Chemical engineering students at Villanova University may only be producing enough biodiesel to fuel on-campus vehicles and lawnmowers, but they still face the same issues large producers must deal with: what to do with the glycerin coproduct? After two years of biodiesel production, the student-run biodiesel group has found an answer. While converting the glycerin coproduct into soap for sanitation purposes is certainly nothing new, the process has helped the students find a sustainable and potentially profitable way to use the coproduct.
U.K.-based Greenergy International Ltd. has begun manufacturing biodiesel from food waste. On May 5 the company announced a partnership formed with edible oil recycling company Brocklesby Ltd. had resulted in a method to divert unsalable food products, such as chips and pies, from landfills and compost facilities. Instead, these waste items can be converted into biofuel and energy. According to Greenergy, the company’s new initiative will help to reduce the environmental impact of the fuel it produces while also creating a new feedstock base for biodiesel production.
The safety of seafood from the Gulf of Mexico became a central concern following the Deepwater Horizon blowout a year ago. Even after previously closed Gulf waters began reopening in summer 2010, consumer confidence in the safety of Gulf seafood remained shaky. A new review published online May 12 ahead of print in the peer-reviewed journal Environmental Health Perspectives (EHP) affirms that levels of polycyclic aromatic hydrocarbons (PAHs) found thus far in Gulf seafood samples in fact have been well below levels that would be of concern for human health.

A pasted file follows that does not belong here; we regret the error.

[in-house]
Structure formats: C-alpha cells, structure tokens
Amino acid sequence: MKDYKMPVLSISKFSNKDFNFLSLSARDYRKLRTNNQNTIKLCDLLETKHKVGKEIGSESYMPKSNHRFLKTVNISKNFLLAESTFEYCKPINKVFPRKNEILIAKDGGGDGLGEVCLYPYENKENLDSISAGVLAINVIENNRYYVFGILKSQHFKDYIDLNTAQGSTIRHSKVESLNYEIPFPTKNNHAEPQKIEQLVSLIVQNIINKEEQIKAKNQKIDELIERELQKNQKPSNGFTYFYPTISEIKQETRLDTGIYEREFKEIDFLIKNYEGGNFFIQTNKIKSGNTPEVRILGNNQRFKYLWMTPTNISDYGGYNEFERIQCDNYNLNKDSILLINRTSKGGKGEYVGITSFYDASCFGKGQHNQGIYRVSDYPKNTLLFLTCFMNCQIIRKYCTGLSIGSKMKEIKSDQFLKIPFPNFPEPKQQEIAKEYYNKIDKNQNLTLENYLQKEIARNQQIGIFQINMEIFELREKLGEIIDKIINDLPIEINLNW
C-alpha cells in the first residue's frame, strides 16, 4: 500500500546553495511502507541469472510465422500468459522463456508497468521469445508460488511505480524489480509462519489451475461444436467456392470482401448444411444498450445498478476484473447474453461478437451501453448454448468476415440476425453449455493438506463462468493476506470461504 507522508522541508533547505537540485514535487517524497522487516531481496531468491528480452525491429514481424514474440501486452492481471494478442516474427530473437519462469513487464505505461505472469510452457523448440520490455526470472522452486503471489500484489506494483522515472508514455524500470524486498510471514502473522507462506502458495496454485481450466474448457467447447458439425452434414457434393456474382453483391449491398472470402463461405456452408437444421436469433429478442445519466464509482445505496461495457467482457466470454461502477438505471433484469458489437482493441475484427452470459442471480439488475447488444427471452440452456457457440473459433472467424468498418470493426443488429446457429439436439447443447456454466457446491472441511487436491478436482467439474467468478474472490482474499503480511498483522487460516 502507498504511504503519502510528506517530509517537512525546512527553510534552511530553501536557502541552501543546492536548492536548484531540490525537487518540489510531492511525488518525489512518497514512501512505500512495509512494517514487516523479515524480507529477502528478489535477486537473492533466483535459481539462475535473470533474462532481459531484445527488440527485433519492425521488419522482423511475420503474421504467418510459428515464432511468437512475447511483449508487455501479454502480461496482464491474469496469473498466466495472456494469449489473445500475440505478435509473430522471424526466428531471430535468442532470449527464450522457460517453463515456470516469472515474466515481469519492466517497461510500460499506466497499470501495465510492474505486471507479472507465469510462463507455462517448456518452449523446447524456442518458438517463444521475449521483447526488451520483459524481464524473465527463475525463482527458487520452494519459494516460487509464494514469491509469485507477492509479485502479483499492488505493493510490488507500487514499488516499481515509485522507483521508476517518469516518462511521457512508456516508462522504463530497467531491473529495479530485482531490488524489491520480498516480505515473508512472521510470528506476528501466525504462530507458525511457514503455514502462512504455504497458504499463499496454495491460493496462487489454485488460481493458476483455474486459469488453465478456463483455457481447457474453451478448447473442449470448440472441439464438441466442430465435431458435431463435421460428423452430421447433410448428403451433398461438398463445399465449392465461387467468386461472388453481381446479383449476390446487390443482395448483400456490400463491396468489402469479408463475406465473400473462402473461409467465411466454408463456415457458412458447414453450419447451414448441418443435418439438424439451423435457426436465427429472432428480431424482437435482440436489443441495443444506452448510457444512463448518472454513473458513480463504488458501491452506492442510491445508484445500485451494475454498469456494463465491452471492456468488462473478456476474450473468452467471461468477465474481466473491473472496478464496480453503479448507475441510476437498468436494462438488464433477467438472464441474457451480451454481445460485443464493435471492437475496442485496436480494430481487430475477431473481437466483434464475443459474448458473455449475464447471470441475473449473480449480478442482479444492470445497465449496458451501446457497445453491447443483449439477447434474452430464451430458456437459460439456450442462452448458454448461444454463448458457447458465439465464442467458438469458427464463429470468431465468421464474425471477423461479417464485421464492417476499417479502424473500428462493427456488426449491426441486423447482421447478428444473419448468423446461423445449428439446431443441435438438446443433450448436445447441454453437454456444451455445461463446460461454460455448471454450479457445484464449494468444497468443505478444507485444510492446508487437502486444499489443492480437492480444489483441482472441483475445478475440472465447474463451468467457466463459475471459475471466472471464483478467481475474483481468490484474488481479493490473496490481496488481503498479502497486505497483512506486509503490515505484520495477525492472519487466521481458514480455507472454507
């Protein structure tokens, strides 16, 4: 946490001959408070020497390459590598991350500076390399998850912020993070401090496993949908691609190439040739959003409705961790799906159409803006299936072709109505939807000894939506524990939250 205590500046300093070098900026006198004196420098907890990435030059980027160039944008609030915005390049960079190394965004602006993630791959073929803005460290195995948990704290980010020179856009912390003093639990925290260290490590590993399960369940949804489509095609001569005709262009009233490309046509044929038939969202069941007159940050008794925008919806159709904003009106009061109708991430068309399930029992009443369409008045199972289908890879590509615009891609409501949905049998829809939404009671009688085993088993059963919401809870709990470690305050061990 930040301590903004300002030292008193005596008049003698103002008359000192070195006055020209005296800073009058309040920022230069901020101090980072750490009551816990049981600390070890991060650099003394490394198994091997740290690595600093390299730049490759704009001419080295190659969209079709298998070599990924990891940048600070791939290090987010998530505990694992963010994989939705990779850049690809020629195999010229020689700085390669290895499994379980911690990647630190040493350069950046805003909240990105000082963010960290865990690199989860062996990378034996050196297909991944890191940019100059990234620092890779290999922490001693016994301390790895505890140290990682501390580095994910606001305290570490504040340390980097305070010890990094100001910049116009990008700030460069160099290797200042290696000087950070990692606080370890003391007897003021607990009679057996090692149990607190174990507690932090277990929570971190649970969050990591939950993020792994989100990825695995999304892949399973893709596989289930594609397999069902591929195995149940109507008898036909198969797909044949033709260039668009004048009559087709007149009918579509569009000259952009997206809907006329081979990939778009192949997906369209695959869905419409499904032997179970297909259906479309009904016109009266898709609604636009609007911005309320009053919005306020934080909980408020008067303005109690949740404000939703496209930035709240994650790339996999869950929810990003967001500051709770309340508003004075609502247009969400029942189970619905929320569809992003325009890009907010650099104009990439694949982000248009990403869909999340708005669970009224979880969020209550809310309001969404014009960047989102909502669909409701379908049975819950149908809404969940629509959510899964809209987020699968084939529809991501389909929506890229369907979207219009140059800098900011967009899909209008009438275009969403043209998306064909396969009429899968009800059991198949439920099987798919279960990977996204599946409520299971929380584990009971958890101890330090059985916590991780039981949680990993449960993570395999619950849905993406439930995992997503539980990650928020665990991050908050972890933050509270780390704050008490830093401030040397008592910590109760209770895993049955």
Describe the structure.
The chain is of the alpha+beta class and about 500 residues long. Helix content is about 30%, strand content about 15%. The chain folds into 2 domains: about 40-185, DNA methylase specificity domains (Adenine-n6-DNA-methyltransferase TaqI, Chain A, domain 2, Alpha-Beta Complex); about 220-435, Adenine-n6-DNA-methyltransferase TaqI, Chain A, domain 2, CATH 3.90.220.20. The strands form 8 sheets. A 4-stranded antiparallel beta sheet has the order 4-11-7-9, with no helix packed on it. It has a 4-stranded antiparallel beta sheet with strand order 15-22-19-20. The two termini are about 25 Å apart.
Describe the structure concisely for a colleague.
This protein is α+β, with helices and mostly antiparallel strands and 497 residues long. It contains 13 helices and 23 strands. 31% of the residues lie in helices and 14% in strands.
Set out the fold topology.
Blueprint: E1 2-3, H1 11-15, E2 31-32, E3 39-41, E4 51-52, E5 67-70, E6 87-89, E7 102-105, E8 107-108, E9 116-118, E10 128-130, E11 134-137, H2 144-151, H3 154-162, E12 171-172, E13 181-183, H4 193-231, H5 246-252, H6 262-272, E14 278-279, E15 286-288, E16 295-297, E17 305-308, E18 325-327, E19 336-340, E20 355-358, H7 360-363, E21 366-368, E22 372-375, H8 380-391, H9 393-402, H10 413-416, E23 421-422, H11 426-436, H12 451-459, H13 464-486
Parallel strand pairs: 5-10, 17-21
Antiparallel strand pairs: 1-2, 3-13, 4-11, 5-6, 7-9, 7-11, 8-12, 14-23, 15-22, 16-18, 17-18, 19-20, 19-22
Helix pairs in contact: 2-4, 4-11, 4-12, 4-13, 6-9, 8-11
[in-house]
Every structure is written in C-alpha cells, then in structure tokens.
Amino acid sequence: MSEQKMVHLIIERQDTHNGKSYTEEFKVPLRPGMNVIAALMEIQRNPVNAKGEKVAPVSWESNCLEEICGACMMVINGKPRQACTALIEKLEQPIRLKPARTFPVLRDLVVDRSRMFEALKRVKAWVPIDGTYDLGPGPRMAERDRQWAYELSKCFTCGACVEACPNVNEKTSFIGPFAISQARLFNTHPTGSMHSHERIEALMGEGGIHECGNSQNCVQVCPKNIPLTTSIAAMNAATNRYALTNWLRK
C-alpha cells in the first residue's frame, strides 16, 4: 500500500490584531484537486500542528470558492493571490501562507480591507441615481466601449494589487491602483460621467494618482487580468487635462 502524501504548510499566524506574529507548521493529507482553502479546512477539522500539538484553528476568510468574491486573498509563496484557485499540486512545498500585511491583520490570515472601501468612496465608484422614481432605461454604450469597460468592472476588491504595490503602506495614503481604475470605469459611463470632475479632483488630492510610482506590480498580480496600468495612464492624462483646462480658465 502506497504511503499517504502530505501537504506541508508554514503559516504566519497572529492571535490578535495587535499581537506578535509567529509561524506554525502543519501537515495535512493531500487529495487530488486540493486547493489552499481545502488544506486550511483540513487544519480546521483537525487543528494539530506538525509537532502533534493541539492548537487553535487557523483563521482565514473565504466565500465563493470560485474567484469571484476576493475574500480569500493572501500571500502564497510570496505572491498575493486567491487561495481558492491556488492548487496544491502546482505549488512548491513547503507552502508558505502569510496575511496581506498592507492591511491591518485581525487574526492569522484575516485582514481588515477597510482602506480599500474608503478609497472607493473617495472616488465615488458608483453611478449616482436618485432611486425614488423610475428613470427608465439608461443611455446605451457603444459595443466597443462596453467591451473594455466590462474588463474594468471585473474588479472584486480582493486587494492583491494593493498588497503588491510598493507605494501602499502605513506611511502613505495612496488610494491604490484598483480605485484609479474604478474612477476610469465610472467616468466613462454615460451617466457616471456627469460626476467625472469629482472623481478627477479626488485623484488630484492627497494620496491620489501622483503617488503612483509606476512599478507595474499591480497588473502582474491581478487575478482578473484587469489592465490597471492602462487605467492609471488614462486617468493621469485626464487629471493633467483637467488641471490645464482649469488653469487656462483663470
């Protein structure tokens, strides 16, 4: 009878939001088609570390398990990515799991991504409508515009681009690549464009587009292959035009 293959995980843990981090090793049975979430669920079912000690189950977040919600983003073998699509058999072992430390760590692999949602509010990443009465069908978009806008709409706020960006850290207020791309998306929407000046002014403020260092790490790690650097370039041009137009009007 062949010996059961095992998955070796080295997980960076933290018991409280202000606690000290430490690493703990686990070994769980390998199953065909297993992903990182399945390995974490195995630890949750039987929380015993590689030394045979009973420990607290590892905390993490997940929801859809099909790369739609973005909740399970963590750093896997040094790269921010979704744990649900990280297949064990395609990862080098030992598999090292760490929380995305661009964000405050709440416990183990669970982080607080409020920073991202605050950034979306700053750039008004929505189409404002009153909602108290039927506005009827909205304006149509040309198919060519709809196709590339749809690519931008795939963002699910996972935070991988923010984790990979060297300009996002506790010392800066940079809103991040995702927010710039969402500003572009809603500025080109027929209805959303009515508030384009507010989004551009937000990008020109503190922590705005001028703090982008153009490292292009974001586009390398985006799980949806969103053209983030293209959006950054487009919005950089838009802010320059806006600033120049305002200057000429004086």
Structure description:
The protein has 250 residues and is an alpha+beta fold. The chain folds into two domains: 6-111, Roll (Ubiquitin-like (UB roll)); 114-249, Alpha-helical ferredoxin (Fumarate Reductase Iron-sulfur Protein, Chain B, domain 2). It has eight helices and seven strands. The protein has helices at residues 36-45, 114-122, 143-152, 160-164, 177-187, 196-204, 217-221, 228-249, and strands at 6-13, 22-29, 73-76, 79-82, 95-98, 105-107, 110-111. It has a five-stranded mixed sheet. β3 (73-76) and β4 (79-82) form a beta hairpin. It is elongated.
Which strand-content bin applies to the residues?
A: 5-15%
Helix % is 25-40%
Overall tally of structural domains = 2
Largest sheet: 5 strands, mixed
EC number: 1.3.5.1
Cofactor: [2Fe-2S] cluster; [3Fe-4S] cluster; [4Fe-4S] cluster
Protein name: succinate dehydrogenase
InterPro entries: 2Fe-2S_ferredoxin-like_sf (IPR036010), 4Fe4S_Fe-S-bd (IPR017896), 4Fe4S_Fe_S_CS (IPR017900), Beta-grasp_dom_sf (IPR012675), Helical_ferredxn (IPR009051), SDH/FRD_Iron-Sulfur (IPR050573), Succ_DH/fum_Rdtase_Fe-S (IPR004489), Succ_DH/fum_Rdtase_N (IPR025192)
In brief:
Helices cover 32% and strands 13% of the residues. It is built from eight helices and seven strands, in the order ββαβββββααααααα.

Nevertheless, the review authors write, federal protocols to reopen waters to commercial fishing after an oil spill should be standardized and strengthened to better protect sensitive populations. Moreover, they assert, timely, clear communication about the results of seafood testing will go far in promoting consumer confidence.
Marine species facing threats from the 2010 BP Deepwater Horizon oil spill in the Gulf of Mexico far exceed those under legal protection in the United States, a new paper in the journal BioScience finds. University of New Hampshire professor Fred Short and others found 39 additional marine species beyond the 14 protected by federal law that are at an elevated risk of extinction. These species, which range from whale sharks to seagrass, should receive priority for protection and restoration efforts, the authors advocate.
As state budget pressures continue to mount, more and more leaders are trying to cut costs by consolidating agencies — and that includes environmental departments. In inaugural speeches, State of the State addresses and budget proposals this spring, no fewer than 15 governors proposed combining two or more departments in the areas of natural resources, interior, parks, wildlife, environmental protection and energy.
Which books about business, values and sustainability have influenced you most? I invite you to nominate a favorite or two in the comments below or, if you prefer, email me at email@example.com. I’ll do a blogpost in the next week or so highlighting some of the nominations…
I’ll send my two signed copies of Ray Anderson’s book and my copy of Howard Schultz’s Onward (assuming it arrives soon) out to those who sent in the most interesting or original nominations. Ancient as well as contemporary wisdom is welcome.
I’ve also decided to reduce my pile of books (below) by sending them to people who write guest posts to this blog, so if you’re passionate about a corporate sustainability issue, please let me know if you like to contribute a post.
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